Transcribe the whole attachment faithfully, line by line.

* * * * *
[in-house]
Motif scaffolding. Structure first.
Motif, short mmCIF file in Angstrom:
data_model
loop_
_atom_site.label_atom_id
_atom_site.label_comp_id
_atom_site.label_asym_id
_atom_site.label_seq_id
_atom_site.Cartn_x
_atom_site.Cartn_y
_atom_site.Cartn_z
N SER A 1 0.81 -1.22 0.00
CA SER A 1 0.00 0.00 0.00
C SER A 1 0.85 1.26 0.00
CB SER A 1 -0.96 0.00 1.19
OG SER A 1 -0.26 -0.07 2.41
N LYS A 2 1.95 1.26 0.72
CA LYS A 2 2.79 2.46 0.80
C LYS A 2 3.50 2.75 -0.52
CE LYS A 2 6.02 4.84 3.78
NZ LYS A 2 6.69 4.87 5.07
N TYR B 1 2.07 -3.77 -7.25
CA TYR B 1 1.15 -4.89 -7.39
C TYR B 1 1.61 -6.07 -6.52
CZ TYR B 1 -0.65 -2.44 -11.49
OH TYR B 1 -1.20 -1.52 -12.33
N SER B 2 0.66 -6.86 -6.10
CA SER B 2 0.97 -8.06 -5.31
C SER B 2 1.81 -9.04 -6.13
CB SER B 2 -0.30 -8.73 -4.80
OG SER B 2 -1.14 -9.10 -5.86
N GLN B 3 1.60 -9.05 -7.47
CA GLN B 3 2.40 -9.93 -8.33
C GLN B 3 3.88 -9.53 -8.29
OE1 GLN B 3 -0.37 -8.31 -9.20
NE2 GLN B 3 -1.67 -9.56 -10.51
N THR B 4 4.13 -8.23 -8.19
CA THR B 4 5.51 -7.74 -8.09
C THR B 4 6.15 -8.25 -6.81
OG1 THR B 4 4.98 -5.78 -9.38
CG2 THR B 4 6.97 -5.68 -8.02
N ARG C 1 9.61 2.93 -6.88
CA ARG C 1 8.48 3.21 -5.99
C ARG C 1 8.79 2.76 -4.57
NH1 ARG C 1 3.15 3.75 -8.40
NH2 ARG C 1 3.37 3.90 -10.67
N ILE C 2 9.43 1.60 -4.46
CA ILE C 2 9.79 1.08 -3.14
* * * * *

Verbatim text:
[in-house]
Motif scaffolding. Structure first.
Motif, short mmCIF file in Angstrom:
data_model
loop_
_atom_site.label_atom_id
_atom_site.label_comp_id
_atom_site.label_asym_id
_atom_site.label_seq_id
_atom_site.Cartn_x
_atom_site.Cartn_y
_atom_site.Cartn_z
N SER A 1 0.81 -1.22 0.00
CA SER A 1 0.00 0.00 0.00
C SER A 1 0.85 1.26 0.00
CB SER A 1 -0.96 0.00 1.19
OG SER A 1 -0.26 -0.07 2.41
N LYS A 2 1.95 1.26 0.72
CA LYS A 2 2.79 2.46 0.80
C LYS A 2 3.50 2.75 -0.52
CE LYS A 2 6.02 4.84 3.78
NZ LYS A 2 6.69 4.87 5.07
N TYR B 1 2.07 -3.77 -7.25
CA TYR B 1 1.15 -4.89 -7.39
C TYR B 1 1.61 -6.07 -6.52
CZ TYR B 1 -0.65 -2.44 -11.49
OH TYR B 1 -1.20 -1.52 -12.33
N SER B 2 0.66 -6.86 -6.10
CA SER B 2 0.97 -8.06 -5.31
C SER B 2 1.81 -9.04 -6.13
CB SER B 2 -0.30 -8.73 -4.80
OG SER B 2 -1.14 -9.10 -5.86
N GLN B 3 1.60 -9.05 -7.47
CA GLN B 3 2.40 -9.93 -8.33
C GLN B 3 3.88 -9.53 -8.29
OE1 GLN B 3 -0.37 -8.31 -9.20
NE2 GLN B 3 -1.67 -9.56 -10.51
N THR B 4 4.13 -8.23 -8.19
CA THR B 4 5.51 -7.74 -8.09
C THR B 4 6.15 -8.25 -6.81
OG1 THR B 4 4.98 -5.78 -9.38
CG2 THR B 4 6.97 -5.68 -8.02
N ARG C 1 9.61 2.93 -6.88
CA ARG C 1 8.48 3.21 -5.99
C ARG C 1 8.79 2.76 -4.57
NH1 ARG C 1 3.15 3.75 -8.40
NH2 ARG C 1 3.37 3.90 -10.67
N ILE C 2 9.43 1.60 -4.46
CA ILE C 2 9.79 1.08 -3.14